Saturday, August 7, 2010

The Rough Road to Modernizing Washington's Liquor Laws

We're just not the same as the other 49 states - Washington is an enigma. Our current liquor laws maintain the post-Prohibition era statutory scheme set up in 1933, but the industries it regulates have evolved far beyond what that scheme was aimed at regulating in 1933. Initiative 1105 on the Washington ballot this November would maintain part of that scheme, but the legions of small craft wineries and breweries in the state would fare better than under its competing ballot initiative, I-1100.

Washington has what is referred to as the three-tier system, implemented after the repeal of Prohibition (the 21st Amendment), that essentially requires that wine and beer retailers purchase alcohol from distributors (hard liquor is sold only by the state in its liquor stores), and the state fixes the price. I-1105 would retain the distributor system and the fixed price requirement, but would eliminate state-run liquor stores, allowing private retailers to sell hard liquor. Maintaining the price control requirement would continue to protect the small wine and beer makers and would not give big box stores the advantage of buying wholesale at volume discounts, thereby making the retail price lower.

While Washingtonians don't need the protection of the state controlling where they purchase their liquor, the burgeoning craft wine and beer industry here doesn't need the added financial stress of competing with Costco, Kroger brand stores (QFC, Fred Meyer), or other big box retailers. I-1100 would definitely give the big box stores the heavy advantage in being able to purchase and sell wine, beer and liquor at a significant discount, which would probably lead to the doors closing on many smaller manufacturers of beer, wine, and liquor (Washington recently allowed distilleries to operate in the state - a 2008 state law gives hard alcohol makers some of the same rights to serve and sell as their brewing and fermenting counterparts).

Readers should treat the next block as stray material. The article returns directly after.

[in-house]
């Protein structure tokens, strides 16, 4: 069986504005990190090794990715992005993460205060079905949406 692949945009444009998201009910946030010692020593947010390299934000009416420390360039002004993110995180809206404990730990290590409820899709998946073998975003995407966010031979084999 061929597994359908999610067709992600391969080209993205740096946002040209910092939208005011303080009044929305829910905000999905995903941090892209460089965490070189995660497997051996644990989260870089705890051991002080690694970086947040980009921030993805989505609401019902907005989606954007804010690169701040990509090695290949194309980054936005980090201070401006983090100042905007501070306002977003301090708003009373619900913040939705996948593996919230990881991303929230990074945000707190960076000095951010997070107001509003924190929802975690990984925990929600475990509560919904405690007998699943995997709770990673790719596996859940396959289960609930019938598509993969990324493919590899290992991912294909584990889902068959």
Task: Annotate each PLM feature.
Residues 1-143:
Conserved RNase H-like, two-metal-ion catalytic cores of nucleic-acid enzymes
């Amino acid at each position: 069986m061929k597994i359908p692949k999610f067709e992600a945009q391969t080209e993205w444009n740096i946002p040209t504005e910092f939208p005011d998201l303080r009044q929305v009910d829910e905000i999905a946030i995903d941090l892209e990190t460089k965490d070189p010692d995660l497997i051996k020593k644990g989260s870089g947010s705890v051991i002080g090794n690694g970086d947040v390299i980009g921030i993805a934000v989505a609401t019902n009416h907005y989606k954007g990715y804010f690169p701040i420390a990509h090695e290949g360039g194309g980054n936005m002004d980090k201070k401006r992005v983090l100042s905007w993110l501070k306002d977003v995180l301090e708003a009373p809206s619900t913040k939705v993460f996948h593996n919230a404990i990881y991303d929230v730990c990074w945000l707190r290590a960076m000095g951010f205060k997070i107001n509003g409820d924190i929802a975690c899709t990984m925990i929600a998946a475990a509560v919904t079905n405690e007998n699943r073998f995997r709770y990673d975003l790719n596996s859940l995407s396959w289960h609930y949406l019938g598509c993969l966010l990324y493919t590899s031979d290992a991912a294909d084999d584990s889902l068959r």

Maybe the reason other states don't have the innovative wine and beer industry that Washington does is because Costco and others competed them out of the market. I-1105 would keep the level playing field.


  1. Interesting - I-1105 is a compromise. Maybe I-1100 would help both by lowering costs for the bulk sales, while then also leaving more budget for variety and tasty alternative choices in the smaller crafters.

  2. For my small winery the prospect of having to compete with the big guys who can afford to do quantity discounts is scary as is not getting paid at delivery of the wine and having to spend more time keeping track of people who owe us money. But the scariest part of the initiative if I understand correctly is that restaurants and wine shop would be able to charge us to carry our wines as we could have to pay for shelf space and restaurant list placements. It would definitely be the end of the WA small wineries as we know them, no other sate has legislation as extreme as the one proposed.

  3. There must be a better way to close state liquor stores than passing new legislation that also puts small-crafters into a tailspin. Maybe neither one of the initiatives are the way to do it. And all parties should be at the table when discussing reforms.

  4. As an attorney and owner of a small winery, I fully support Initiative 1100 and despise 1105. 1100 would take the state out of the alcohol business and eliminate restrictions on competition that hurt small wineries. 1105 just replaces the current state spirits monopoly with a middleman distributor monopoly and does nothing to help breweries or wineries. The free market is the only truly level playing field. Any over-reaching by Costco or anyone else under 1100 is already illegal under the federal wine laws, state and federal antitrust laws and consumer protection laws. A few established wineries may want to keep the so called "protections" of the current system, but wine, beer and spirits consumers should all vote yes on 1100 and no on 1105. Check out our website for more information: